Monday, June 06, 2005


I well remember reading Donald Hall’s original article in Professions back in 1999 and then the responses to it—the exchange that became the genesis for this book—and I read through the entire book in the week after graduation this year and found it very interesting. I’m really looking forward to this discussion; Mel, thanks so much for setting up this forum.

My introduction: I’m an assistant professor of English at a Catholic college I call (mostly affectionately) St. Martyr’s. I’m going up for tenure this fall, and my prospects look good (but one doesn’t want to count one’s chickens prematurely). I have found Hall’s book particularly interesting because some of the demands of his job sound a lot like mine. I teach a 3/4 course load and do a significant amount of service, none of which earns me a course release. It’s a very collegial school, which makes it a great place to work (although, as Michael Drout pointed out recently, it also adds to the workload in some ways). Because we’re mostly a teaching college, my department’s scholarship requirement for tenure is only three articles in peer-reviewed journals, a requirement I’ve more than fulfilled, and I’m now at work on a book, which is the scholarship expectation for full professor (not that this is my motivation for the book, but it doesn't hurt to look ahead!).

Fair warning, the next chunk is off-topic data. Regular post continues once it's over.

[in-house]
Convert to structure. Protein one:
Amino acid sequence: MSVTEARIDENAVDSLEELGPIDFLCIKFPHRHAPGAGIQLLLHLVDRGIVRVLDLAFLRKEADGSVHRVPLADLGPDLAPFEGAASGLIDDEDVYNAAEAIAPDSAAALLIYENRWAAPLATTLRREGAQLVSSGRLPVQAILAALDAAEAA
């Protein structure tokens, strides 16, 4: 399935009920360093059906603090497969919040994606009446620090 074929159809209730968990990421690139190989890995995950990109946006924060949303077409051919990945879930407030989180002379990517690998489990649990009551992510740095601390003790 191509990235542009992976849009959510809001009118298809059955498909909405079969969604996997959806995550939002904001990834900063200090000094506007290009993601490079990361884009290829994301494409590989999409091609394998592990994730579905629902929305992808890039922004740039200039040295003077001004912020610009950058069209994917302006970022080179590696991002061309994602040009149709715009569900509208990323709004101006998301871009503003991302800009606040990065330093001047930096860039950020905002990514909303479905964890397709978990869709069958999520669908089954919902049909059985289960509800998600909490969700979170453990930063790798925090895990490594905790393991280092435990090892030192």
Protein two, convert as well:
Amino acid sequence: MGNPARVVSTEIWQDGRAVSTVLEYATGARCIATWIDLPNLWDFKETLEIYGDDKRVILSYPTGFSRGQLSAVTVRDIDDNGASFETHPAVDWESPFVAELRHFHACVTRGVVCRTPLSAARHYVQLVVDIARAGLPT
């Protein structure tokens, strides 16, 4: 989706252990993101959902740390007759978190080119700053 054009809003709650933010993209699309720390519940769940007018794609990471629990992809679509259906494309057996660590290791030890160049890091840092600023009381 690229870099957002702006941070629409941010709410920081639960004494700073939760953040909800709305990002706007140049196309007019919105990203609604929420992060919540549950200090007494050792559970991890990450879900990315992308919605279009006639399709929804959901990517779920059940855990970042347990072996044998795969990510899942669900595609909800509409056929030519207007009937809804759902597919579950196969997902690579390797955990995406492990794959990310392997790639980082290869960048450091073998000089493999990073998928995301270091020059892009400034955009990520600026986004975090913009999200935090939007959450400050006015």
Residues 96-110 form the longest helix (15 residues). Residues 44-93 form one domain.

I’ll have more to say about the chapters in Hall's book, but for now let me respond personally to the Introduction by noting that I’ve felt a lot of bitterness in my time at St. Martyr’s, mostly because of the ways in which my professional life wasn’t living up to my grad school conception of what it would be. I knew that it was beyond unreasonable for me to be snarking about my job, given that I was lucky enough to have a job, but I found three years on the job market to be a very scarring experience, and I kept comparing myself to the friends who got R1 jobs in their first year out, had pre-tenure year-long sabbaticals, and enjoyed institutional prestige out the wazoo. The last year of knowing other academics through the blogosphere—people with whom I don’t have leftover grad school competition!—has helped enormously, in helping me to see both the realities of life at other schools (which I think I’d been romanticizing) and the real benefits of my own position, for which I am very grateful. So I think I read The Academic Self at a time in my life when I could actually hear what Hall has to say, when I’ve let go of enough defensiveness and paranoid anxiety so that I might be at the point to accept that “what is in the past cannot be altered, that lingering grudges only hinder our work in the present if we fail to recognize and then let go of them” (xii) and that it’s worth rethinking our definitions of “success.”